Speech-To-Text/Court Reporting

PALANTYPE - For the Deaf and Hard of Hearing

Communication Support from a qualified Language Service Professional (LSP)...

What is Speech to Text?

A Speech-to-Text Reporter (STTR) listens to what is being said and types it, word for word, onto an electronic shorthand keyboard which is linked to their laptop. Unlike a QWERTY keyboard not every letter in a word is pressed, but several keys will be pressed at once which represent whole words, phrases or shortforms. Specially designed software will then convert these phonetic chords back into English which can then displayed for the someone to read  The text is displayed either on the screen of a laptop for a sole user or projected onto a large screen or a series of plasma screens for a larger number of users.  An STTR produces a verbatim account of what is said at speeds in excess of 200 words per minute and also gives extra information, such as {laughter}or {applause}, to keep the user informed of the mood of the hearing, meeting or conference. You can get more information on the palantype method and it's history on the Simplified Spelling Website.

Many STTRs, including myself, began their working lives in the courts, where the system was used to record proceedings and provide transcripts when requested. The skills developed in this area have also made us invaluable in the field of communication with deaf people, as we are used to producing work with an extremely high degree of accuracy and acting with complete discretion at all times. In fact an STTR expects to reach consistent levels of accuracy of 98% and above.

In order to become a STTR you need extensive training on the keyboard and associated software, plus at least a further two years of practice building up your speed, accuracy, dictionary/vocabulary and gaining experience.  Only then are you ready to apply for CACDP endorsement which will confirm that you have reached the required minimum standard. It is also a good guide to getting an expert STTR if they are a member of their professional body, the Association of Speech-to-Text Reporters (AVSTTR). A list of their Registered members can be found here .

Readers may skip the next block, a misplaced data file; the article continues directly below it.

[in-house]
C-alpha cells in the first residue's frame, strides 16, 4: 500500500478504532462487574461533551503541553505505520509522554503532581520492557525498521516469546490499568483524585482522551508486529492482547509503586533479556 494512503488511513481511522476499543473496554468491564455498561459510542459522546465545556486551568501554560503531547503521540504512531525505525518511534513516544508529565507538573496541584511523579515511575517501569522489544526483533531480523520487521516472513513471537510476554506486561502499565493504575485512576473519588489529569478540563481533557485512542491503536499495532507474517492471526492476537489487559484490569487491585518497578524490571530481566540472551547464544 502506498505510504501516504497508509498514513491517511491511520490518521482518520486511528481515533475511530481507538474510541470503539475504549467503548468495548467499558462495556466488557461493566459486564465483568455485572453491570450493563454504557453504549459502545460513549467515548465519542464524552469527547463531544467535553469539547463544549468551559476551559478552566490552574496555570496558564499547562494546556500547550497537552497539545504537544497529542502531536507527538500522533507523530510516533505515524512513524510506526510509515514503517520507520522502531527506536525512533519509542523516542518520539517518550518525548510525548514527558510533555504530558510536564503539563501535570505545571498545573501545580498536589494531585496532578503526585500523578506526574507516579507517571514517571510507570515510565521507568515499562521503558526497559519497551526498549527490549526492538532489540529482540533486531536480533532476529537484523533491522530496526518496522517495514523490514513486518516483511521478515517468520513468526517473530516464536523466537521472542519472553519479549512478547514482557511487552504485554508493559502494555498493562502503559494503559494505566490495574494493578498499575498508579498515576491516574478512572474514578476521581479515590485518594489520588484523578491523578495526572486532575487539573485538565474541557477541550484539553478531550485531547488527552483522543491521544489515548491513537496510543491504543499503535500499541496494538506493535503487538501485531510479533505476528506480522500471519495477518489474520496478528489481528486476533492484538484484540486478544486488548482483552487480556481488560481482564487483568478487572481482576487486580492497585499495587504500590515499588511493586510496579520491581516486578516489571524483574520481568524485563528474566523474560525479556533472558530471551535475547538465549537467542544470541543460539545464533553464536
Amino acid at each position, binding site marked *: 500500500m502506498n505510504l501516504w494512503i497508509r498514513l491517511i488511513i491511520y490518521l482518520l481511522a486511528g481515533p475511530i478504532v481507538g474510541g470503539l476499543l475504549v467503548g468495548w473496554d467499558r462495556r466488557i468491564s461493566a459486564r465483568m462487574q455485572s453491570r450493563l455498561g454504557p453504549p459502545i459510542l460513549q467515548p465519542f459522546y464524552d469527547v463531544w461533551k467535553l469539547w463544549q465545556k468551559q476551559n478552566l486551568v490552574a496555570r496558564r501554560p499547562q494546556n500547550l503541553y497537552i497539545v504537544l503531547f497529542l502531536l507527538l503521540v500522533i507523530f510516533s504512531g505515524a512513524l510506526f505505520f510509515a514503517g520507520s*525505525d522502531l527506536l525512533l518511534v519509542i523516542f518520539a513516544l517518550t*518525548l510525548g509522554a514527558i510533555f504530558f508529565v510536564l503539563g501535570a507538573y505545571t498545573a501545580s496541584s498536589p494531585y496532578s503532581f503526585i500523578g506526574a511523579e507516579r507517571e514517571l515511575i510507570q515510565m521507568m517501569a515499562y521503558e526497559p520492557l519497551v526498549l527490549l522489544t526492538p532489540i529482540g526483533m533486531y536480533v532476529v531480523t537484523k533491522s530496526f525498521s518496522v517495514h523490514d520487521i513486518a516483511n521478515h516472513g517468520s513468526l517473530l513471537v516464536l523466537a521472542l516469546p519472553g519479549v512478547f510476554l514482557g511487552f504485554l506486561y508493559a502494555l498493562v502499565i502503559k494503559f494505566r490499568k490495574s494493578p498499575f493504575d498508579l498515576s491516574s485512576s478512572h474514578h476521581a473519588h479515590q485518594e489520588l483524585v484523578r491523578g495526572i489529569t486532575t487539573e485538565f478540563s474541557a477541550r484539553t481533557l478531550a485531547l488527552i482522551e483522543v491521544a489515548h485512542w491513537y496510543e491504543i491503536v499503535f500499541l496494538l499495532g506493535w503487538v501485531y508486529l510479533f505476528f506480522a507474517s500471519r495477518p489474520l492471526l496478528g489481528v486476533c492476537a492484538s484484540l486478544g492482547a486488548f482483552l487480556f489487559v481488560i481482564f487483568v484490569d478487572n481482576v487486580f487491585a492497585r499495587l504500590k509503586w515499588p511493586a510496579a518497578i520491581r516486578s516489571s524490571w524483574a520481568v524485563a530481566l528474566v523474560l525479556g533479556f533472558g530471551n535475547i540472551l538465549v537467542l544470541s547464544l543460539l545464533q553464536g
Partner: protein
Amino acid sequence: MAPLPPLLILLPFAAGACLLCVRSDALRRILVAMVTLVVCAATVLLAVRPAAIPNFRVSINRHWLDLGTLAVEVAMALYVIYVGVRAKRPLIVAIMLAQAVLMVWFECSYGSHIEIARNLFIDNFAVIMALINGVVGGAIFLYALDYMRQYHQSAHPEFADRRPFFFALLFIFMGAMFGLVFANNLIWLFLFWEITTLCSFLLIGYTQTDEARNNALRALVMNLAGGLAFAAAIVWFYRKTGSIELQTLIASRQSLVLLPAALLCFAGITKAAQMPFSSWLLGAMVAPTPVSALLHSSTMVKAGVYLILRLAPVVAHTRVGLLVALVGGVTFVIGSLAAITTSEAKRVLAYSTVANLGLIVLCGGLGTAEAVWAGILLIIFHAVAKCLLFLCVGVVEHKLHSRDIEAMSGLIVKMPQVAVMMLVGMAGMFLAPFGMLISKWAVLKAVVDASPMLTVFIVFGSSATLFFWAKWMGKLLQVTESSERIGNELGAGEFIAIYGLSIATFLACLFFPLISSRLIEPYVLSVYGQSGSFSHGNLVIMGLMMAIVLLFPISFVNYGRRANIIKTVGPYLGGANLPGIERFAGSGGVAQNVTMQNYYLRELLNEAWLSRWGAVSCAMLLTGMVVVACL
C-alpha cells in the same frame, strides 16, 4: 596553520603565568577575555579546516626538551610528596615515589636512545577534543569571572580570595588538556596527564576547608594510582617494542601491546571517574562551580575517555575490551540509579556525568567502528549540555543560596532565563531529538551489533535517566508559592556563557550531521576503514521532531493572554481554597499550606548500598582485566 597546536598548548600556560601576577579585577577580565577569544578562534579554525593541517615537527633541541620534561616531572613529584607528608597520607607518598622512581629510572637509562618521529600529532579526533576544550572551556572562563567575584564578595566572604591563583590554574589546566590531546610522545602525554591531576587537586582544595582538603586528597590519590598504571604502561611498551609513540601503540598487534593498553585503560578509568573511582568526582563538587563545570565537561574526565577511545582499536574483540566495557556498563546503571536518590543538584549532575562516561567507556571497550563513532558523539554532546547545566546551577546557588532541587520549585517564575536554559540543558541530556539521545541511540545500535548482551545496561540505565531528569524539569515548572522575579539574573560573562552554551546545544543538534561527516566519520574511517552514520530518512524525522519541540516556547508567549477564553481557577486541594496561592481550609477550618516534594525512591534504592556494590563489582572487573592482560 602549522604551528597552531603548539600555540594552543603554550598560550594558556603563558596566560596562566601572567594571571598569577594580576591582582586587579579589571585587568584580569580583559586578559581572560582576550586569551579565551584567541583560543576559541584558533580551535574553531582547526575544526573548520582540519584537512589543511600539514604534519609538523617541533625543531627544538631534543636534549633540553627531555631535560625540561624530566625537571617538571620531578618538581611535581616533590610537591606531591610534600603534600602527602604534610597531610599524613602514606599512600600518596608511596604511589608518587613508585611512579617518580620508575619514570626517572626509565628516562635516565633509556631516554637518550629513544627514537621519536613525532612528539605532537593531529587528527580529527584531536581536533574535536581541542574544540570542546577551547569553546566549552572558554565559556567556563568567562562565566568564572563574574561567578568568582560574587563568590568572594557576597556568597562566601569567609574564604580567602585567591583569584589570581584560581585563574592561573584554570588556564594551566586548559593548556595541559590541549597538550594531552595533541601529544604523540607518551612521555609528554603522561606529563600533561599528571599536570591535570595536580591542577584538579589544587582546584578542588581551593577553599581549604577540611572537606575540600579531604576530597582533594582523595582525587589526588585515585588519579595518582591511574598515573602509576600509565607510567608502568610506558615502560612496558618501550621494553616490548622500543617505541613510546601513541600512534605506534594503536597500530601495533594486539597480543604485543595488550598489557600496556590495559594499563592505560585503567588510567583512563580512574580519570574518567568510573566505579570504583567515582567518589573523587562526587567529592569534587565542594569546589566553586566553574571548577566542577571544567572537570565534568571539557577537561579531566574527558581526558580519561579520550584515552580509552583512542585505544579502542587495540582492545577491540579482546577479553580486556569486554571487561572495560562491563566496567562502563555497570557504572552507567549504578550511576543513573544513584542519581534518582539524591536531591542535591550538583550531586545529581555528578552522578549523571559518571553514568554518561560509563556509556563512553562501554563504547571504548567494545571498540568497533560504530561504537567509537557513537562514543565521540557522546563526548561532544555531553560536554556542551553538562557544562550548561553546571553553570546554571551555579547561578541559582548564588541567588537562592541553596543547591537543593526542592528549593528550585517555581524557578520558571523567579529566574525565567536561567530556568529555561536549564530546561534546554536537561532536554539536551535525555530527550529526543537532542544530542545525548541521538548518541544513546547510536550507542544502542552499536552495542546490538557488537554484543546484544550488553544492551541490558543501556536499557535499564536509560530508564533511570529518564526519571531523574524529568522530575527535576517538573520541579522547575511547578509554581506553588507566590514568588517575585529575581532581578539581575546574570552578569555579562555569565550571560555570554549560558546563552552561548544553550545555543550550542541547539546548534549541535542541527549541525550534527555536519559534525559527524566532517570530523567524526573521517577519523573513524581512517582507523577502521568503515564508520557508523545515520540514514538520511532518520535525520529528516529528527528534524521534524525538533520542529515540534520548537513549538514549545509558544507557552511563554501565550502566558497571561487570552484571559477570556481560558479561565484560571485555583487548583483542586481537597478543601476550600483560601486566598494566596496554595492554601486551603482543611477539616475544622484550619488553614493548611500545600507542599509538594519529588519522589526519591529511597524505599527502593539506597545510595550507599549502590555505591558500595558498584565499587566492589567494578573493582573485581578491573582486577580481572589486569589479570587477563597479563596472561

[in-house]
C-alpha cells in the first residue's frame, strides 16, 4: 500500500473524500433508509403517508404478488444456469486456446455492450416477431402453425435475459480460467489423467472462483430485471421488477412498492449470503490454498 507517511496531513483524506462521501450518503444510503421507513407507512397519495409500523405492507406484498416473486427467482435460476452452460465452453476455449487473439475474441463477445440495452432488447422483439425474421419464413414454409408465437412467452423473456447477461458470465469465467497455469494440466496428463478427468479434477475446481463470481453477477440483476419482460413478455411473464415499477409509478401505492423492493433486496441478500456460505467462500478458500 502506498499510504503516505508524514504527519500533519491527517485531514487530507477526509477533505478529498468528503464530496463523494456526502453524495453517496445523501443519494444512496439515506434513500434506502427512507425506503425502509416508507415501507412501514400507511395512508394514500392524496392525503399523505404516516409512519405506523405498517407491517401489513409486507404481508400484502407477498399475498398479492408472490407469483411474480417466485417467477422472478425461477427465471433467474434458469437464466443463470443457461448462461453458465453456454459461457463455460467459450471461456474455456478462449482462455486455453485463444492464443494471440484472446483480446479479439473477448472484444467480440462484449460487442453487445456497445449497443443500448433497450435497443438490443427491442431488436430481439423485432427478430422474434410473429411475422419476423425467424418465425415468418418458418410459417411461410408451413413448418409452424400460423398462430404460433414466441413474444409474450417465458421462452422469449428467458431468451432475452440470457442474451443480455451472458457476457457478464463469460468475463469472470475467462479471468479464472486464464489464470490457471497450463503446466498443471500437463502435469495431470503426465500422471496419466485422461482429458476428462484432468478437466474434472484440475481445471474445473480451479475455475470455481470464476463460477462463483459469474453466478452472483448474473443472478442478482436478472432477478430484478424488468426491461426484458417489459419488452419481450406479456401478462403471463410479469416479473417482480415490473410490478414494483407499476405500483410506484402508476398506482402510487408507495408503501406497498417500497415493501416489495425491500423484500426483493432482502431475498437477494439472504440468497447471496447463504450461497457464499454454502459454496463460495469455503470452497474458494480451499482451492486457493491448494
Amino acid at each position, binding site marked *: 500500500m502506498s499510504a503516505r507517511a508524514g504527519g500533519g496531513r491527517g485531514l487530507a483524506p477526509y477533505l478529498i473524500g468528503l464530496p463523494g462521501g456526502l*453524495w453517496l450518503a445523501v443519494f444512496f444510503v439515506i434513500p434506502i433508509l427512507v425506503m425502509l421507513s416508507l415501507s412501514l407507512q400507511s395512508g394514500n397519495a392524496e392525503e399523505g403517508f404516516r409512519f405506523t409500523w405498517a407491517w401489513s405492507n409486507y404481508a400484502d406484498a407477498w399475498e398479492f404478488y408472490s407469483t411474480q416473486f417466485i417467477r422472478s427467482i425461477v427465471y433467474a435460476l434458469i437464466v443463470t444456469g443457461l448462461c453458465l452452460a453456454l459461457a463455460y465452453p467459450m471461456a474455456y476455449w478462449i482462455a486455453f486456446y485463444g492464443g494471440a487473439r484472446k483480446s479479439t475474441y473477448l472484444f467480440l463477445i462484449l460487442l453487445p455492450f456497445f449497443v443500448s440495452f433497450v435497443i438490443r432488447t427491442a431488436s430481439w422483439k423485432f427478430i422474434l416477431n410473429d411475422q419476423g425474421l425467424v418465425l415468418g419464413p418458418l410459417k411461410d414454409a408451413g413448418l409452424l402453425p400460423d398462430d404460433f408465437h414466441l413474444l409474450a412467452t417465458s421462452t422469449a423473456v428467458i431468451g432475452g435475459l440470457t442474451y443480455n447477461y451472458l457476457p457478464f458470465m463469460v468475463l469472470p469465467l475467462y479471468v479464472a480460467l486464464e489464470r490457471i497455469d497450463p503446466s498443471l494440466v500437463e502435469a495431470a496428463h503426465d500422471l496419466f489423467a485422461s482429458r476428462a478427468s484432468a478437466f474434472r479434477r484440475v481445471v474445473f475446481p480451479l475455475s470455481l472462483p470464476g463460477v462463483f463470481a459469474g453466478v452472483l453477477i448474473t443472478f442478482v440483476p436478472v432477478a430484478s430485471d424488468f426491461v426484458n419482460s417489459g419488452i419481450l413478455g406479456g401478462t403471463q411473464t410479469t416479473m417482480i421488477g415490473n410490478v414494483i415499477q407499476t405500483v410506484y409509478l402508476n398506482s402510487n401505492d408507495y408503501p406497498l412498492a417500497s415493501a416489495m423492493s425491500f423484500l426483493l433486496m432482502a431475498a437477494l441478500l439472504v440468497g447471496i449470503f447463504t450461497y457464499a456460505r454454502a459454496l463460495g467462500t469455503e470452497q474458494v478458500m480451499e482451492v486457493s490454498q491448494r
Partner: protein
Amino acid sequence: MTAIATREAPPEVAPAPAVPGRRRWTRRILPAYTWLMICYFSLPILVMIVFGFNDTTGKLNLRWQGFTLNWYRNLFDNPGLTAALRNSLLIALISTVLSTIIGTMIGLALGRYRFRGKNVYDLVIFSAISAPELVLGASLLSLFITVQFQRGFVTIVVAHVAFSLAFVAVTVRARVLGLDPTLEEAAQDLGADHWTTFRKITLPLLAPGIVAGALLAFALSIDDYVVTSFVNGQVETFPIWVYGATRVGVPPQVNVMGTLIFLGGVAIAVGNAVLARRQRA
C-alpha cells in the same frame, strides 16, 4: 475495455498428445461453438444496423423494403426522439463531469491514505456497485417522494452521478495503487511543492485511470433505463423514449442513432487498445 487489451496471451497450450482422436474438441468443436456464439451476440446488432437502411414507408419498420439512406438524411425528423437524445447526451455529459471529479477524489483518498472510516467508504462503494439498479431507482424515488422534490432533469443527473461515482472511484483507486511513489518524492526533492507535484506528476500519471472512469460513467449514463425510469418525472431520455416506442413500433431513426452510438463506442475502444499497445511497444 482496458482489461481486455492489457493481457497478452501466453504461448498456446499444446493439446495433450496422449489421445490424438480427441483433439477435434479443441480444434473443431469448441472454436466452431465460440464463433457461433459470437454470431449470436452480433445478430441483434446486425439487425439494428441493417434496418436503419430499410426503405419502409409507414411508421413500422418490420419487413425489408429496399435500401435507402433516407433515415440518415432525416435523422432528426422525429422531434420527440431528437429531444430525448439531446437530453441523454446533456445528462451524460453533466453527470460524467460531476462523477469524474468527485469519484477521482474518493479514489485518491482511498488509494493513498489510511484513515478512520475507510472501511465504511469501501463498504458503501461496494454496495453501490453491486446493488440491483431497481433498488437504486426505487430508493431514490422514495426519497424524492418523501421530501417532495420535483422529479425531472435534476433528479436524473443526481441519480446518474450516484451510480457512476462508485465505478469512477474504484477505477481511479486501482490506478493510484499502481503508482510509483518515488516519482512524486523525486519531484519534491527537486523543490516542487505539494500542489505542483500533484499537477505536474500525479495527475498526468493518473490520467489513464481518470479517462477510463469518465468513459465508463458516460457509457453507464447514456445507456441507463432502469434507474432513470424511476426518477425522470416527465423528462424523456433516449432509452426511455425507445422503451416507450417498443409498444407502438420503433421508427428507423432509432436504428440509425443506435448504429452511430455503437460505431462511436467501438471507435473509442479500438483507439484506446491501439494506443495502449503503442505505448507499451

There are many situations in which Speech-to-Text as communication support would be invaluable: meetings, lectures, doctors /hospital appointments, legal/court appearances, seminars, training sessions, subtitling...


There are many applications for Speech-to-Text, not least in business. If you are hosting or organising a large event such as a conference, a seminar or training session there may be people attending who are hard of hearing or deafened . Speech-to-Text can make the whole agenda much more accesible. The picture at the top of the page shows STT in action.

If you would like more information about STT in a conference setting click here.

Court Reporting... Transcription...

As well as communication support I am also available to cover legal proceedings.  I have extensive experience in producing high quality transcripts, same day if required, of court hearings, arbitrations, tribunals, formal inquiries, depositions etc.  For more detailed information about this service click here.

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